’NSYNC and the Backstreet Boys on the same album?
No, it’s not a new edition of Now That’s What I Call Music! Both boy bands can be found on Still Standing, the forthcoming album from Full Force, the rappers/producers who worked with both pop juggernauts early in their careers.
The follow-up to 1995’s Sugar on Top, scheduled for July 31 release, features a revamped version of ’NSYNC’s “I Just Wanna Be With You” (with additional lyrics courtesy of Da Brat) and the Backstreet Boys’ “All I Have to Give.”
Still Standing also contains seven new songs and a number of classics Full Force either produced or performed during their career. The crew enjoyed its first hit 15 years ago with U.T.F.O.’s “Roxanne, Roxanne,” which appears on the forthcoming album. The disc also includes Lisa Lisa & Cult Jam’s “I Wonder If I Take You Home” and James Brown’s “Static,” representing Full Force’s rich musical legacy as they reach out to fans possibly unfamiliar with their chart-topping work.
“We wanted some things to evoke memories and other new things,” said “Bowlegged” Lou, who is joined in Full Force by Paul Anthony, Junior “Shy Shy” Clark, “Baby” Gerry Charles, Curt “TT” Bedeau and Brian “B-Fine.” “Groups from the old school will just do a bunch of new songs when they come out with an album. Only the true fans will get it. But we want some new fans, too, which is why we incorporated a lot of our young hip-hop friends and people in the business.”
“Float On,” the album’s first single, appears twice on Still
Standing. “The Girls That Live in the Club Mix” of the song features Silkk the Shocker, Funkmaster Flex, Method Man, Allure and Bambue, while Montell Jordan, Ginuwine, Kevon Edmonds and Gerald Levert appear on “The Classic Ballad Mix.”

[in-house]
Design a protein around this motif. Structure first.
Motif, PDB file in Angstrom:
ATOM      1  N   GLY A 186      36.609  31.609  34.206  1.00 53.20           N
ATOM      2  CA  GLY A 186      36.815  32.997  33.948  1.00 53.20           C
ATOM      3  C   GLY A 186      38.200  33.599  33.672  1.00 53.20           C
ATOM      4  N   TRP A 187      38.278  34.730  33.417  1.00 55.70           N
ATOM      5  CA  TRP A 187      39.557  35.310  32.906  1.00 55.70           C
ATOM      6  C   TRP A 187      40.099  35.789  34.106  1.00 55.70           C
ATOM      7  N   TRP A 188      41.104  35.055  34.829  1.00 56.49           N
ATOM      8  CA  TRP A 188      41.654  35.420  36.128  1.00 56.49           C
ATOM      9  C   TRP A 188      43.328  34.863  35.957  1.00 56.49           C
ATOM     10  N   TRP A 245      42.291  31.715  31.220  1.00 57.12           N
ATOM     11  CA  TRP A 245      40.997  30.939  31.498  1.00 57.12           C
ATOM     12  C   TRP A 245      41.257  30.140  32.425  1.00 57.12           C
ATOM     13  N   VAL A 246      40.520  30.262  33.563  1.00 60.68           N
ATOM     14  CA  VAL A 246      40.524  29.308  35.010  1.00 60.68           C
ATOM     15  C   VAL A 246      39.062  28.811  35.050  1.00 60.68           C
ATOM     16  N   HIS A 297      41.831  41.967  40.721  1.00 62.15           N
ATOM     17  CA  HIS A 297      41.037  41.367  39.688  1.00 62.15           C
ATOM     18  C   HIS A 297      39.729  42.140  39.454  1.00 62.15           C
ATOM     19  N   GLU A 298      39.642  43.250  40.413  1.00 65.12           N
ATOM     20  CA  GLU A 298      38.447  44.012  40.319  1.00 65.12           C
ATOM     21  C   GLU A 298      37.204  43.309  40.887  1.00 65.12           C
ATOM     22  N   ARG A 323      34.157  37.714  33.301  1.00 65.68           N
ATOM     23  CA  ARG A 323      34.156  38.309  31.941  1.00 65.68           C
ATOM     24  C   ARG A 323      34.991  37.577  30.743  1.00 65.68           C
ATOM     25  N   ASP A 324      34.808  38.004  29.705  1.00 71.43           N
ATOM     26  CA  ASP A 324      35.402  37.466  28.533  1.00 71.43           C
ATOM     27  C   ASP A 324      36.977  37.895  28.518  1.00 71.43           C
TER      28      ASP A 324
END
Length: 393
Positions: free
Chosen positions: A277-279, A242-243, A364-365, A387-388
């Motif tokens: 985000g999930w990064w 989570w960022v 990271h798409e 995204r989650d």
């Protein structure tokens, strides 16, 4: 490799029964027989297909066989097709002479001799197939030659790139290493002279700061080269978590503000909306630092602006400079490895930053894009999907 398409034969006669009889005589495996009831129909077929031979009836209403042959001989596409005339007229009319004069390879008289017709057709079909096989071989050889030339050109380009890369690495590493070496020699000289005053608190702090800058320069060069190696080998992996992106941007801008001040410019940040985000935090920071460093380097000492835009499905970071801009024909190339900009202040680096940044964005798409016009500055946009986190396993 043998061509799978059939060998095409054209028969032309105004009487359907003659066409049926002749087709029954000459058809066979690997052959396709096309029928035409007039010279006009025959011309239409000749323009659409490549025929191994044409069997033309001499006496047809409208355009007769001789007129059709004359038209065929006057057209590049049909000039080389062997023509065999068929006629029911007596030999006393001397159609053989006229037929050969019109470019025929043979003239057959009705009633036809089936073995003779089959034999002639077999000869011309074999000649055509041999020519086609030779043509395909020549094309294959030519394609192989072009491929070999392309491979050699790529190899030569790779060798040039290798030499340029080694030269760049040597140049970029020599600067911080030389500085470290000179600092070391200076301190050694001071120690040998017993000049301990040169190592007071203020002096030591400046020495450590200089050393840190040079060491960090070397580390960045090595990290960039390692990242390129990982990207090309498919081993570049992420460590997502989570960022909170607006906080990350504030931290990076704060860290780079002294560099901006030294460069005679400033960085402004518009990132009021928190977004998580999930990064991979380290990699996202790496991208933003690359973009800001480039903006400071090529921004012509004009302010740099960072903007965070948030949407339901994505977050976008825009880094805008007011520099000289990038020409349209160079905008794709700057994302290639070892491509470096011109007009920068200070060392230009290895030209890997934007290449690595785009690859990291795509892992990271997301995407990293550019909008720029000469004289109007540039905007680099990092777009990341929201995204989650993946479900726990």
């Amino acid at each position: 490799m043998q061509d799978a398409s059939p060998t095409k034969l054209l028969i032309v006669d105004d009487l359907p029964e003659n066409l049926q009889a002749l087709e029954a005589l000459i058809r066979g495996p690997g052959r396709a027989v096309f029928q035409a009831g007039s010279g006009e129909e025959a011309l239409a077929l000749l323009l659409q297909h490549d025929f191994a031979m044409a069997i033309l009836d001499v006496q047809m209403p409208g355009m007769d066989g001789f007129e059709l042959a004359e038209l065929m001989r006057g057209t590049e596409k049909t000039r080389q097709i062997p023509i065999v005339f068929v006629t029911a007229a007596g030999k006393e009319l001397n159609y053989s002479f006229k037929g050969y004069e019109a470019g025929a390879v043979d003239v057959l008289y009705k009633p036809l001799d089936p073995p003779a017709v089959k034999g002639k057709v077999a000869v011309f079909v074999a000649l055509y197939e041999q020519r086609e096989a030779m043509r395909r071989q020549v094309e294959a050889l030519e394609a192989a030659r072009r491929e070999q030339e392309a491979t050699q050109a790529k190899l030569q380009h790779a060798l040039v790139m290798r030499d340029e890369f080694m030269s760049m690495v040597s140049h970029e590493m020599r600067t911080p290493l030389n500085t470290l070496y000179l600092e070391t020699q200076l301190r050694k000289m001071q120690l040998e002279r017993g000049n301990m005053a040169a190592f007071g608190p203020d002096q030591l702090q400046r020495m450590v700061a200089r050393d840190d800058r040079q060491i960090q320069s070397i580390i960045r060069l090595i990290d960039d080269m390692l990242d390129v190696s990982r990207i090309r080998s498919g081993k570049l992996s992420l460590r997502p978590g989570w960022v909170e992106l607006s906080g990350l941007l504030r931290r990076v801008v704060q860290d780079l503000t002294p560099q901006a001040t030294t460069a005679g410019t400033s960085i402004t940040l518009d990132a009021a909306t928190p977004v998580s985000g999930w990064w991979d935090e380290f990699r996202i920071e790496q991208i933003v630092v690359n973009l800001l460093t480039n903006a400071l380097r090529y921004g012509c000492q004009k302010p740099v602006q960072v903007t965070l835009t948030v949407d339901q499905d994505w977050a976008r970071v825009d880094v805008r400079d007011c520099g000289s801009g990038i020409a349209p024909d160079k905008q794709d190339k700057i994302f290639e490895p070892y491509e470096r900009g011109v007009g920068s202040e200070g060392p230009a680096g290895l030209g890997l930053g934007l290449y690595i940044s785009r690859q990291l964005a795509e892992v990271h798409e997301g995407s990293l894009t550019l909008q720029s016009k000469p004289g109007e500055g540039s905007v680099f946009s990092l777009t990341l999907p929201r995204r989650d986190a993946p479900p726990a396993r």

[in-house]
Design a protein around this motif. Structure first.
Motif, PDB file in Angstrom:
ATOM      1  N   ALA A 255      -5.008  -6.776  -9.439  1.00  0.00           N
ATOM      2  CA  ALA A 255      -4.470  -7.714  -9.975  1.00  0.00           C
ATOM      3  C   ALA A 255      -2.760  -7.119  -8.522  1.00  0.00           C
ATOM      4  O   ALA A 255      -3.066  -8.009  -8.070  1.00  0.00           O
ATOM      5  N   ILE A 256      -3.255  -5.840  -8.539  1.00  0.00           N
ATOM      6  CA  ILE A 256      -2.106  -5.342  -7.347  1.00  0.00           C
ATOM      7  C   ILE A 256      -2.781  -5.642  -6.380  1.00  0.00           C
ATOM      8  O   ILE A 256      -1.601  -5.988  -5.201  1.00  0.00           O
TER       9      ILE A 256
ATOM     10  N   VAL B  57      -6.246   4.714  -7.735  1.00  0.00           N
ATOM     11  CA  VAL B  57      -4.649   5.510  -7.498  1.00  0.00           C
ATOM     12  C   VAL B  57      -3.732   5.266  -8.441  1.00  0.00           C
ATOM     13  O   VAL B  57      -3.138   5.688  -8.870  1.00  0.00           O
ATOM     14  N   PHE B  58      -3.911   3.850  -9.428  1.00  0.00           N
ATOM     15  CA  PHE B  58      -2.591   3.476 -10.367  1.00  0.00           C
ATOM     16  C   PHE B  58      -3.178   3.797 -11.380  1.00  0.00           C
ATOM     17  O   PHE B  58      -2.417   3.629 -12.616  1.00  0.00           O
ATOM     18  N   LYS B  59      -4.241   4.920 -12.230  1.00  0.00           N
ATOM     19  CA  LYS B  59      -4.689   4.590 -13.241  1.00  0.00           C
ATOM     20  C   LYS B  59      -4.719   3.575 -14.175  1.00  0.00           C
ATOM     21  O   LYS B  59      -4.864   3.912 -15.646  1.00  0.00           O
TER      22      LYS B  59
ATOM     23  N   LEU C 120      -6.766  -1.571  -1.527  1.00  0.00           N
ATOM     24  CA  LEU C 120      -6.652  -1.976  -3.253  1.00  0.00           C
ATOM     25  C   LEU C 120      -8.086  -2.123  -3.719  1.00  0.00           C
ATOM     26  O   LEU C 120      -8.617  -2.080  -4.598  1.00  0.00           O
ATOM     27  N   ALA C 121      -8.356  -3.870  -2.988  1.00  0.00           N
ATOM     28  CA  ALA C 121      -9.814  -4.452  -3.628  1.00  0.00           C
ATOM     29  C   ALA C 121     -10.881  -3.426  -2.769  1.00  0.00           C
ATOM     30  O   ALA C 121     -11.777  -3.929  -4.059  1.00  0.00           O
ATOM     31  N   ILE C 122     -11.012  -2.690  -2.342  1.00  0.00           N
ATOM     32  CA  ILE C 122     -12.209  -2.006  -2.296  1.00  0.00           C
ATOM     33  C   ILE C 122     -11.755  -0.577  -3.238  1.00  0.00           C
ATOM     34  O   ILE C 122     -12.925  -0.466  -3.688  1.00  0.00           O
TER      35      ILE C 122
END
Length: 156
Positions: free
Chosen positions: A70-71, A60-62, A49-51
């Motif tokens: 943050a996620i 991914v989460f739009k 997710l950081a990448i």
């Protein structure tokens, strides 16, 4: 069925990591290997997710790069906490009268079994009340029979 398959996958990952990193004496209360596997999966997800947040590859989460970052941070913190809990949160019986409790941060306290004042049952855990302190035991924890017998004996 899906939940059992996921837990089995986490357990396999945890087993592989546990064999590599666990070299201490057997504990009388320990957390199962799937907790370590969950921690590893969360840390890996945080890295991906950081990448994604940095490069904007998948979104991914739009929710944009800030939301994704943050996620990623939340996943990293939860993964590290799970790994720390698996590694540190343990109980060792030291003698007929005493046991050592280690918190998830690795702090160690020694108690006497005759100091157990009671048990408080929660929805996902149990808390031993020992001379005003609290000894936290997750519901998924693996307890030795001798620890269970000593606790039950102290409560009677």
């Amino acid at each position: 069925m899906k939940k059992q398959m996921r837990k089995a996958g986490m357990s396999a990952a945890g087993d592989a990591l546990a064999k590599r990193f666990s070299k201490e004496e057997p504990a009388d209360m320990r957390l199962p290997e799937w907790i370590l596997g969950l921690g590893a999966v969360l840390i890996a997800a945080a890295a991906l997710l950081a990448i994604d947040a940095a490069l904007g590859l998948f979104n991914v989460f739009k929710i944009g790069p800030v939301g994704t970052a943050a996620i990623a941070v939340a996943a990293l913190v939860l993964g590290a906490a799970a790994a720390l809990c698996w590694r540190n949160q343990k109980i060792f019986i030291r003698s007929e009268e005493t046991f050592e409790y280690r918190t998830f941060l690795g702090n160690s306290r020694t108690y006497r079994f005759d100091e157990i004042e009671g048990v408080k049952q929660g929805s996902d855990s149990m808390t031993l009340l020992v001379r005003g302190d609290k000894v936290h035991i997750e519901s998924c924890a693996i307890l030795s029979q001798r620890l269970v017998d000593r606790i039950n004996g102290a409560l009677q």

Several other versions of “Float On” appear on the song’s maxi-single. One features U.T.F.O.; an all-woman mix includes Regina Belle, Miss Jones and others; the instrumental version features George Duke; and the final version highlights the Floaters (joined by Isaac Hayes), who first recorded the song in 1977.
Other guests on the album include The Product G&B and Sole, on “No Other Love Will Do,” and Raekwon, Scarface, Bambue, Allure and DJ Ace on “The Good, the Bad & the Thugly.”
“A lot of people who jumped on the record just happen to have a lot of respect and love for us,” Lou said. “Take Montell Jordan. When it came time for us to pay him, he was like, ’Nah, nah, nah. I’m just doing it for the love, man.’ When you get respect like that, it’s all good.”
Things not being all good led Brooklyn-based Full Force to work with the Backstreet Boys and ’NSYNC in the first place. Full Force faded from the spotlight after appearing in the “House Party” movies with Kid ’N Play during the early ’90s. They were still producing, but many urban record execs felt they’d passed their prime. Hooking up with the Backstreet Boys and ’NSYNC, however, helped return them to prominence in the industry.
Full Force will produce tracks for pop/R&B act Blaque’s second album. They will also release Bambue’s album on their Forceful Records imprint in hopes of signing her to a major-label deal.
No longer on the low, Full Force is geared for prime time again.
“Full Force are ’still standing’ after all these years,” Lou said. “We’re still rising above all the wars and battles in the music industry. People sometimes wonder what happened to us. They probably think we’re still making ’House Party’ movies.”